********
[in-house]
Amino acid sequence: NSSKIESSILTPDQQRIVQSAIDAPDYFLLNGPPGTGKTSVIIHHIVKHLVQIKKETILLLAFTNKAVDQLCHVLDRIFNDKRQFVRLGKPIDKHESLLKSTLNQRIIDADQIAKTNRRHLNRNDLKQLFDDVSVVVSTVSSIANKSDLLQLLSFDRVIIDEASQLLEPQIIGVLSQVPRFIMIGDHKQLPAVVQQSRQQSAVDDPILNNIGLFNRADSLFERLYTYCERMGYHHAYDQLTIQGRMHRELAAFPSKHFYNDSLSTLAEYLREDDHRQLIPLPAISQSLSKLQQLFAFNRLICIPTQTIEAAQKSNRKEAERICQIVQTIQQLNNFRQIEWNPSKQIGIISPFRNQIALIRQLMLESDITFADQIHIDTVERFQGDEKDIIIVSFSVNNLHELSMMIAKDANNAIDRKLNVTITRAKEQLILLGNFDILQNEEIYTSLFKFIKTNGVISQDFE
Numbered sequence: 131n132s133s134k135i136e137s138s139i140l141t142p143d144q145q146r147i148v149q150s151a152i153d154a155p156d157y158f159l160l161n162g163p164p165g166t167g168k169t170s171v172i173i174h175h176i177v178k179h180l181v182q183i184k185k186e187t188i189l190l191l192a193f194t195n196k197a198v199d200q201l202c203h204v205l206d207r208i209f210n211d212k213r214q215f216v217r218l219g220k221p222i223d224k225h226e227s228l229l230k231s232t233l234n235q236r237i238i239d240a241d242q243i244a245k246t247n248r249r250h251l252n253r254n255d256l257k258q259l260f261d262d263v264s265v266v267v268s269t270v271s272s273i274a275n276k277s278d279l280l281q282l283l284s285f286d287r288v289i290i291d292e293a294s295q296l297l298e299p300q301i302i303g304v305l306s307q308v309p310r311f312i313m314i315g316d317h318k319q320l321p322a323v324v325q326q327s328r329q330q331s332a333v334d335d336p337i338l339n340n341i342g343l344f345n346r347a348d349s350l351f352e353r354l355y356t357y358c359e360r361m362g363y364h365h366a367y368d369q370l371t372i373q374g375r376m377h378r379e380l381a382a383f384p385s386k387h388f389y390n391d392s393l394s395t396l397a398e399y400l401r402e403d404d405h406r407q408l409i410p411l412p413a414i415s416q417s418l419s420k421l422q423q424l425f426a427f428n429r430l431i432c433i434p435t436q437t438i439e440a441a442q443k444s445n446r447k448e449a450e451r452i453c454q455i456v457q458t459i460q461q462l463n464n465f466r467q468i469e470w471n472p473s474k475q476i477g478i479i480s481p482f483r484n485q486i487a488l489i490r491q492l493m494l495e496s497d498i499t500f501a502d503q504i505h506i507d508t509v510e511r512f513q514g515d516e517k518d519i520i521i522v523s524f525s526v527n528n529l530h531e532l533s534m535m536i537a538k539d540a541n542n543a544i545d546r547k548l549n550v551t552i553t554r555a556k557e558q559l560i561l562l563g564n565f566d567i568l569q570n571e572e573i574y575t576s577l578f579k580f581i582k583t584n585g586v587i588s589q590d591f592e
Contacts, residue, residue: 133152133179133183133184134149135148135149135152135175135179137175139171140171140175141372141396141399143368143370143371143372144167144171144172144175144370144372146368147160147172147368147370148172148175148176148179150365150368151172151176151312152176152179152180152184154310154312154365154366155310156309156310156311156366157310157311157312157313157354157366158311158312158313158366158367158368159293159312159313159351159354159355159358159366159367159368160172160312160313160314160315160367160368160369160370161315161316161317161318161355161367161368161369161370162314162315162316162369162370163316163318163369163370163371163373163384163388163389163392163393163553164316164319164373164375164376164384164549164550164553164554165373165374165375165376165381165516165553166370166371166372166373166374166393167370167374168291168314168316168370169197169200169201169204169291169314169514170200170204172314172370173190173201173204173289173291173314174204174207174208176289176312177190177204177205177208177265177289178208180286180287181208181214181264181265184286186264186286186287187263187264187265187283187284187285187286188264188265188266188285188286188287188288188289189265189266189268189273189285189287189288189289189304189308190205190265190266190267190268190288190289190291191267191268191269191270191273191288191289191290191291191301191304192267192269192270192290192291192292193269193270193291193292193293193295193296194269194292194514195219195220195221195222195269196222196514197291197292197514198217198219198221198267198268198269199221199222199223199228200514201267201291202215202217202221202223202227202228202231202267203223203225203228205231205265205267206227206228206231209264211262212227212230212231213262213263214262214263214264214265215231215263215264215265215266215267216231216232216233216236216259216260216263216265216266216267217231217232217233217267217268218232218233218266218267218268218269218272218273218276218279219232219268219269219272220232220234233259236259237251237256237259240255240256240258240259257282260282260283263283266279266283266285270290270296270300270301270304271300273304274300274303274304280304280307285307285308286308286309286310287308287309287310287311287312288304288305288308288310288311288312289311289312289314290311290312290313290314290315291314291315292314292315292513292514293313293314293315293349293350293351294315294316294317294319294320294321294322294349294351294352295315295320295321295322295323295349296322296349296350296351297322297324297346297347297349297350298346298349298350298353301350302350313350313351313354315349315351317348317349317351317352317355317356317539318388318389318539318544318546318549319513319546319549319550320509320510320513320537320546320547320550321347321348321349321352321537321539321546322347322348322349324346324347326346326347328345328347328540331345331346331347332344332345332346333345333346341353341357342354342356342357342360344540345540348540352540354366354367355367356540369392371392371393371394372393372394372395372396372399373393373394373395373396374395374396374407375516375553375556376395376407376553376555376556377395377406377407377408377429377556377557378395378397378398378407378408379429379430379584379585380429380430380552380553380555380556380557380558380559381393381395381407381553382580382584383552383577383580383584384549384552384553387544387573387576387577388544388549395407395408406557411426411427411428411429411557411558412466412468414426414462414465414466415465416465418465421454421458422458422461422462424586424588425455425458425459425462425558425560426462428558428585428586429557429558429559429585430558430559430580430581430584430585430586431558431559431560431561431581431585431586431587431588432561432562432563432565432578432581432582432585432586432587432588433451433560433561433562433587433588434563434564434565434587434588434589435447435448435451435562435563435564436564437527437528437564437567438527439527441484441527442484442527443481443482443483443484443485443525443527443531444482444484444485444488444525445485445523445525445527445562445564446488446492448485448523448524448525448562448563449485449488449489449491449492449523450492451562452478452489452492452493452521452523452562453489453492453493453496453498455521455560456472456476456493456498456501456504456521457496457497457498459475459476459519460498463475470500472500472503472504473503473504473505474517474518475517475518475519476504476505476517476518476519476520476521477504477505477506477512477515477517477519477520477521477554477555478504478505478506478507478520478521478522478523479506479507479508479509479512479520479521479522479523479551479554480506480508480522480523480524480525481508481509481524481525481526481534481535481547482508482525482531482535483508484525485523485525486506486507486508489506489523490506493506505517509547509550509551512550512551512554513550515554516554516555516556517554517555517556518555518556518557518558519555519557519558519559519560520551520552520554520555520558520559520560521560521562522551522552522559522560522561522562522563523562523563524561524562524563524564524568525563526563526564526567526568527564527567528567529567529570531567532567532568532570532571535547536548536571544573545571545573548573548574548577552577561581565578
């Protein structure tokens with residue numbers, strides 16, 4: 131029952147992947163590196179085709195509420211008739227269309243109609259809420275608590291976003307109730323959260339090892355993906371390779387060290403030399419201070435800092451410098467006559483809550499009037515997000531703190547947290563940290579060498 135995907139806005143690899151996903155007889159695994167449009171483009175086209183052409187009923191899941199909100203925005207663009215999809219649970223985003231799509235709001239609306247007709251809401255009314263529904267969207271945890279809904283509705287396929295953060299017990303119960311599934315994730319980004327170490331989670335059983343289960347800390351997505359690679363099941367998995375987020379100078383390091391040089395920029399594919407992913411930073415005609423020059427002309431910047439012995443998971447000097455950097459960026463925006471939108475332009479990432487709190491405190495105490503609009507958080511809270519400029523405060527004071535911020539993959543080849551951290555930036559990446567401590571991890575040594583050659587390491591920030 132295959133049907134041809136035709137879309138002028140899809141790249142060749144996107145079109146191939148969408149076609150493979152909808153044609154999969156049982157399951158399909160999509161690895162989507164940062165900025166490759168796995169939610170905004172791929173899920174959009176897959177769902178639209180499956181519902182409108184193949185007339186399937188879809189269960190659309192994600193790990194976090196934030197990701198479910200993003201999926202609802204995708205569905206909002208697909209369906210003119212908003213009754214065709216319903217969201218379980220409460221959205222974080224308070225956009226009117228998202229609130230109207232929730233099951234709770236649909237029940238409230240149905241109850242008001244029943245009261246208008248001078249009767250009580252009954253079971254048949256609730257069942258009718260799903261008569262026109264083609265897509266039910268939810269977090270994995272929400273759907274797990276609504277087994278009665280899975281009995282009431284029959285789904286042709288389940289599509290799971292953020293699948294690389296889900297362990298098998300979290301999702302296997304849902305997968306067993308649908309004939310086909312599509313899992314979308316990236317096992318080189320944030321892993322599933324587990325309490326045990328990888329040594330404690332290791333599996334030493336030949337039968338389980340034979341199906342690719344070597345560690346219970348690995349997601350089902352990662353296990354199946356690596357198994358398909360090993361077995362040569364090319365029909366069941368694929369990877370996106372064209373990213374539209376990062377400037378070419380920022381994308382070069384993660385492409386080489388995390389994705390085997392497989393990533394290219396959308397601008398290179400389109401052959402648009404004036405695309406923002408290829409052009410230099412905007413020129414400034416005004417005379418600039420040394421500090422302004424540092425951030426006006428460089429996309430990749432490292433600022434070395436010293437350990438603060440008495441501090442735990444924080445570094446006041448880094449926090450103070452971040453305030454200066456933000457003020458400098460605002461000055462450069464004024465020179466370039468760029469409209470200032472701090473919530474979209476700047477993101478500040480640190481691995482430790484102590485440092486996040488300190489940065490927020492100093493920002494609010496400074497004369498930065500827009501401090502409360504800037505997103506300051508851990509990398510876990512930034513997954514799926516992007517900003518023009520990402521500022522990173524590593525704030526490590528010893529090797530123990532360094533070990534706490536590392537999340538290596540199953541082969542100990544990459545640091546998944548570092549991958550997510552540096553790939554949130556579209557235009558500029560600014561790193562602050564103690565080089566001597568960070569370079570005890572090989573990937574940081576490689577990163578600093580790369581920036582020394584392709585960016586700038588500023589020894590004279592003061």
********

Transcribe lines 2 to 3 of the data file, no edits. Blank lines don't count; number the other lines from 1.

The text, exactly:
Amino acid sequence: NSSKIESSILTPDQQRIVQSAIDAPDYFLLNGPPGTGKTSVIIHHIVKHLVQIKKETILLLAFTNKAVDQLCHVLDRIFNDKRQFVRLGKPIDKHESLLKSTLNQRIIDADQIAKTNRRHLNRNDLKQLFDDVSVVVSTVSSIANKSDLLQLLSFDRVIIDEASQLLEPQIIGVLSQVPRFIMIGDHKQLPAVVQQSRQQSAVDDPILNNIGLFNRADSLFERLYTYCERMGYHHAYDQLTIQGRMHRELAAFPSKHFYNDSLSTLAEYLREDDHRQLIPLPAISQSLSKLQQLFAFNRLICIPTQTIEAAQKSNRKEAERICQIVQTIQQLNNFRQIEWNPSKQIGIISPFRNQIALIRQLMLESDITFADQIHIDTVERFQGDEKDIIIVSFSVNNLHELSMMIAKDANNAIDRKLNVTITRAKEQLILLGNFDILQNEEIYTSLFKFIKTNGVISQDFE
Numbered sequence: 131n132s133s134k135i136e137s138s139i140l141t142p143d144q145q146r147i148v149q150s151a152i153d154a155p156d157y158f159l160l161n162g163p164p165g166t167g168k169t170s171v172i173i174h175h176i177v178k179h180l181v182q183i184k185k186e187t188i189l190l191l192a193f194t195n196k197a198v199d200q201l202c203h204v205l206d207r208i209f210n211d212k213r214q215f216v217r218l219g220k221p222i223d224k225h226e227s228l229l230k231s232t233l234n235q236r237i238i239d240a241d242q243i244a245k246t247n248r249r250h251l252n253r254n255d256l257k258q259l260f261d262d263v264s265v266v267v268s269t270v271s272s273i274a275n276k277s278d279l280l281q282l283l284s285f286d287r288v289i290i291d292e293a294s295q296l297l298e299p300q301i302i303g304v305l306s307q308v309p310r311f312i313m314i315g316d317h318k319q320l321p322a323v324v325q326q327s328r329q330q331s332a333v334d335d336p337i338l339n340n341i342g343l344f345n346r347a348d349s350l351f352e353r354l355y356t357y358c359e360r361m362g363y364h365h366a367y368d369q370l371t372i373q374g375r376m377h378r379e380l381a382a383f384p385s386k387h388f389y390n391d392s393l394s395t396l397a398e399y400l401r402e403d404d405h406r407q408l409i410p411l412p413a414i415s416q417s418l419s420k421l422q423q424l425f426a427f428n429r430l431i432c433i434p435t436q437t438i439e440a441a442q443k444s445n446r447k448e449a450e451r452i453c454q455i456v457q458t459i460q461q462l463n464n465f466r467q468i469e470w471n472p473s474k475q476i477g478i479i480s481p482f483r484n485q486i487a488l489i490r491q492l493m494l495e496s497d498i499t500f501a502d503q504i505h506i507d508t509v510e511r512f513q514g515d516e517k518d519i520i521i522v523s524f525s526v527n528n529l530h531e532l533s534m535m536i537a538k539d540a541n542n543a544i545d546r547k548l549n550v551t552i553t554r555a556k557e558q559l560i561l562l563g564n565f566d567i568l569q570n571e572e573i574y575t576s577l578f579k580f581i582k583t584n585g586v587i588s589q590d591f592e